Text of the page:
Montgomery Cancer Doctor Wins License Reprieve; Competitor Denies So-Called "Turf War" - WSFA.com Montgomery Alabama news.

Montgomery Cancer Doctor Wins License Reprieve; Competitor Denies So-Called "Turf War"

A Montgomery cancer doctor accused of bad medical judgment, endangering his patients and prescribing unnecessary treatment is headed back to work.

Montgomery Circuit Court Judge Charles Price issued a ten day temporary restraining order against the Alabama Medical Licensure Commission, which revoked Dr. David G. Morrison's license last Wednesday.

Morrison's lawyers argued at least 600 patients are in various stages of cancer treatment and needed his attention.

The biggest part of the case against Morrison is the testimony of outside experts who say he violated a number of medical protocols.

Morrison's supporters say those experts are actually working for the doctor's competition.

WSFA 12 News reporter Chris Holmes has the story you'll see only on 12, and wsfa.com.

Monday's court action is the first step in a long process that might find David Morrison back in business, or out of medicine completely.

Under state law, the only way a judge can overturn the Medical Board's revocation is to find it went beyond its regulatory authority, or acted in an arbitrary or capricious manner.

Because of those requirements, the board's lawyer says it looks bleak for Morrison.

"Based on Alabama law, under the case law in existence, I don't see any way that ultimately, this can be overturned," said Board Attorney Spud Seale.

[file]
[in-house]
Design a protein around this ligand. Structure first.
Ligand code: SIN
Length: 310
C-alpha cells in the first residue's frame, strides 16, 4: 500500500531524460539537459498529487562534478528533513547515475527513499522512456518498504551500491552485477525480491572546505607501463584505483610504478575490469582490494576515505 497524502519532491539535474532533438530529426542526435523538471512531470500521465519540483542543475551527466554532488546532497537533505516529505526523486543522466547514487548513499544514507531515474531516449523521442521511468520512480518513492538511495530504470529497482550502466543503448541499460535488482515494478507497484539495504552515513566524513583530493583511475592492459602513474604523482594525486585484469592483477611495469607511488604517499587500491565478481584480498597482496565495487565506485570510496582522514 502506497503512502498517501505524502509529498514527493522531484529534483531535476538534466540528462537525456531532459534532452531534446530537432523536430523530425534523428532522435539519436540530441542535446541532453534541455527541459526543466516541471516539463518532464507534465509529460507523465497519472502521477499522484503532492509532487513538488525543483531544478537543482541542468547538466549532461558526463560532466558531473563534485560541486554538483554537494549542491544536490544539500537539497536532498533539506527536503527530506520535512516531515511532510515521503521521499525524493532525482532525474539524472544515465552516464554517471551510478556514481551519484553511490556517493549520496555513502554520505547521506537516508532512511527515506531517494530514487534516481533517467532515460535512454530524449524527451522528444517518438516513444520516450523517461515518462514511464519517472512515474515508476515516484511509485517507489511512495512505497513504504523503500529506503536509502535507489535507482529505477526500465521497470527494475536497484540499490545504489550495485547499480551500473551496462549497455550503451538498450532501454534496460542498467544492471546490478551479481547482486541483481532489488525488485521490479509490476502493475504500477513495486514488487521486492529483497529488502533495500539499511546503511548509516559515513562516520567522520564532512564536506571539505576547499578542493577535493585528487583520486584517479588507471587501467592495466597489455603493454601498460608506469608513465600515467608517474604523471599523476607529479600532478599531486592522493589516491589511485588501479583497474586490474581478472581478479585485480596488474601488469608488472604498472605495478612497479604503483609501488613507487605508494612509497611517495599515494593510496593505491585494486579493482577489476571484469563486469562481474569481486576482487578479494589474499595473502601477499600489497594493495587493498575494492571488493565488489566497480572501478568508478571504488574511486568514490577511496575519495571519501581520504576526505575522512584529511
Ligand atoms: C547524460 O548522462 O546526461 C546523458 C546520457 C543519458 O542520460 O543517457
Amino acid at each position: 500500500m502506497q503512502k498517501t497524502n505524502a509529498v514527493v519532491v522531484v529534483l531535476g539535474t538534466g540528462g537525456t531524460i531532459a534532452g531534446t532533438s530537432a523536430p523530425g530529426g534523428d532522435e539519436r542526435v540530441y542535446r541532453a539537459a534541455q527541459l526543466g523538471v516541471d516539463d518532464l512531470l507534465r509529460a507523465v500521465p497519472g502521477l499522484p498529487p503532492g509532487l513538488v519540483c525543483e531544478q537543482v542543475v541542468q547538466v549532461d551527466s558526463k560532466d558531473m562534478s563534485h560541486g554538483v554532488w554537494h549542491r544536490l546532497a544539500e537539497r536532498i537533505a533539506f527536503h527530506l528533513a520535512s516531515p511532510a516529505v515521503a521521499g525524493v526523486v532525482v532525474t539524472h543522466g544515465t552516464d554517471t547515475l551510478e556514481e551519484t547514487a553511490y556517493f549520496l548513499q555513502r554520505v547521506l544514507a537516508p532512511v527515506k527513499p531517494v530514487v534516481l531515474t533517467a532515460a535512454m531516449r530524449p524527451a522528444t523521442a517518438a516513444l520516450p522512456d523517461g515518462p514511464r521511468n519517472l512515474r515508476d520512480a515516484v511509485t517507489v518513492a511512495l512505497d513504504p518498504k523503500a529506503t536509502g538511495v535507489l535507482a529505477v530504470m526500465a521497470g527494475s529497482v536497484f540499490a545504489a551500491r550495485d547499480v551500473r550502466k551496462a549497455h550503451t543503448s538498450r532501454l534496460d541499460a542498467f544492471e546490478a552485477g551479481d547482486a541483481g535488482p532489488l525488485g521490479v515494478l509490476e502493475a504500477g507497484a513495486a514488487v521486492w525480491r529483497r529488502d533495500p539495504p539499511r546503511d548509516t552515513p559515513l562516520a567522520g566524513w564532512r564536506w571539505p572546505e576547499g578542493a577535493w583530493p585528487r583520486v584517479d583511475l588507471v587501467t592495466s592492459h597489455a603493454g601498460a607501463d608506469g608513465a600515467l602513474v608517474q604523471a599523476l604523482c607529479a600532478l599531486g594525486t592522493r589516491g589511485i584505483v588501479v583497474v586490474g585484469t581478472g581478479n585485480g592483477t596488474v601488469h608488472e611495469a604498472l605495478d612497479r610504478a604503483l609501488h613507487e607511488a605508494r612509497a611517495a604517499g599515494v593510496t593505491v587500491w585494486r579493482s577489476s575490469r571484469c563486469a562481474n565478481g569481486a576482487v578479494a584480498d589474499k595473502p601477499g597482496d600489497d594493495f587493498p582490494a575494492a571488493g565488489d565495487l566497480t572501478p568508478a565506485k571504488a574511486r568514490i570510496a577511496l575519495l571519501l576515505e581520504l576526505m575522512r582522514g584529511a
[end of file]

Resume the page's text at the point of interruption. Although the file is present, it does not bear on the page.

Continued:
Morrison's supporters claim the board is working on behalf of the Montgomery Cancer Center, which they say fears Morrison's much smaller Cancer Care Center of Montgomery.

Dr. Thomas Beatrous partners with Morrison at the newer business. 

"I really think it can be boiled down to those two words, turf war, and that's what we're seeing here," he said.

Morrison's friends say the so called 'turf war' started because Morrison formerly worked for the bigger company, then left and took a lot of business with him.

They go on to point  out when the state had outside examiners look at Dr. Morrison's patient charts, one of them was a well known doctor from Birmingham, Dr. Al LoBuglio.

He testified several times Morrison carried out unnecessary treatments, misdiagnosed cases, and endangered patients lives.

He is the same Dr. Al LoBuglio who spoke at a seminar for Montgomery Cancer Center in May.

But board lawyers say he is above reproach.

"There is absolutely no bias whatsoever on behalf of Dr. LoBuglio," Seale said.  "This man was the head of the comprehensive cancer care center at UAB."

Surprisingly, Morrison's lawyers say when they go before a judge, they won't talk about any possible conflict.

"We'll be presenting to Judge Price a variety of arguments but frankly we'll focus on the fact that Dr. Morrison is an excellent physician," said attorney Frank Wilson.

Morrison's team plans a straight up defense saying the experts are wrong, and that he did the best he could with the information he had.

The Montgomery Cancer Center declined an on-camera interview Monday, but issued a one page statement denying there's any turf war between Morrison and the Cancer Center.

Center officials say they are required to report any violations of Alabama law.

It says when Morrison worked at the center, other doctors met with him and counseled him concerning some of the allegations against him.  The center also says Morrison resigned from the company while those meetings and investigations were on-going.

As to the final resolution, how long will Morrison have to wait before a final judgment?

The ten day restraining order Judge Price issued will actually last 21 days.

The only time the lawyers and Judge Price could find time on the calendar for a hearing is November 19th.

Then, either side could appeal to the Alabama Court of Civil appeals and then the Alabama Supreme Court.

We also tried to contact Dr. Morrison on Monday. 

Through his lawyers, he declined an on camera interview, but offered a written statement about the latest turn.

"I am pleased with Judge Price's decision today," he said.   "Now i can go back to work helping my patients.  I look forward to the appeals process where i expect to be vindicated and have my reputation restored."

Reporter: Chris Holmes

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